“That’s what hit me,” Kniaz said. “It was kind of a last-minute thing … I didn’t really have an idea of what I wanted to do, then I started seeing what was going on in our current political climate, and I was like, ‘Wow, this is a good time for people to know the history of why this started, because this is the same thing, repeating over and over and over again.'”
“As far as what’s happening with the Black Lives Matter movement … people need to understand that’s where we came from, too, and it’s time to start supporting people because without the solidarity and without the understanding that these things keep happening, that police brutality keeps on happening to minorities, to people of color, to trans people, to gay people, we’re never gonna make it anywhere. And Eastpointe is literally the perfect place [for this event].”
The Mayor of Eastpointe
Monique Owens is the mayor of Eastpointe and she has voted against a Pride Month resolution two years running. (It was adopted both years by the council majority.) Kniaz said he’s not sure why she’s voted it down, but he’s certainly disappointed. Being the first African American mayor in Eastpointe who won by a slim margin, Kniaz says she’s not always accepted by the community. He defends her, yet he firmly believes she should be held accountable for her actions. At last year’s city council meeting where the Pride Month resolution was on the agenda, Owens explained her negative vote by saying she was opposed to making distinctions between people, and that God loves everybody.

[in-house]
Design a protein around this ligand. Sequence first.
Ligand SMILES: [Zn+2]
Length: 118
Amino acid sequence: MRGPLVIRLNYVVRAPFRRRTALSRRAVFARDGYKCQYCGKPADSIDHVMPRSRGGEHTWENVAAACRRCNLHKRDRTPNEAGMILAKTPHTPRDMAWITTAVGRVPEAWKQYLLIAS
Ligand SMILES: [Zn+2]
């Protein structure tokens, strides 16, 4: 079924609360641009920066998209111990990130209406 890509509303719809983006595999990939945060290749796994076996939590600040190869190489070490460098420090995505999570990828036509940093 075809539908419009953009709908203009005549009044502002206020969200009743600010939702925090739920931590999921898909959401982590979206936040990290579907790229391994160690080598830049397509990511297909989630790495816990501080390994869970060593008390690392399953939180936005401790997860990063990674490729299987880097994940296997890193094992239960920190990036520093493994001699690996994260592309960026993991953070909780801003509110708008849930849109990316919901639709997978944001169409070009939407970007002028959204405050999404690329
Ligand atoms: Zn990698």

“I don’t think she really understands the LGBTQ community as much as she understands her own community,” Kniaz said.
Ever hopeful, he’s invited her to his event, which he went on to describe in detail.
“It’ll basically start out with a discussion of the Stonewall Riot, how it happened,” Kniaz said. “I’ll go over the history, how it relates to today’s problems. Then the free store will be open.”
He added that now he has a well-stocked wardrobe for trans people. Free food and refreshments will be served at the gathering by the group Food Not Class. Kniaz went on to talk about the invitation he extended to the mayor.
“I sent her an email with information, told her it would be great if she were there,” Kniaz said. “She kind of has a way of making things hers.”
By way of explanation, he said her remarks at a recent Black Lives Matter protest morphed into a campaign speech.
Therefore, Kniaz said, “I’m basically limiting down her platform, I’m not gonna allow her to speak [publicly] there,” Kniaz said. “I feel like this is an opportunity for her to actually see the LGBTQ community in Eastpointe.”
He wants Owens to meet the people affected by her decision to vote against something as simple as a Pride Month resolution.
“She basically shut out a whole entire demographic of people by not [voting for it],” Kniaz said. “So I want her to realize that, and hopefully she shows up. And we’ll see what happens.”
EP FreeStore and Taking Back Pride will be held on Sunday, June 28, from 1 to 5 p.m. across from Bellview Elementary School on the corner of Bell and Fern. Find out more on the event’s Facebook page.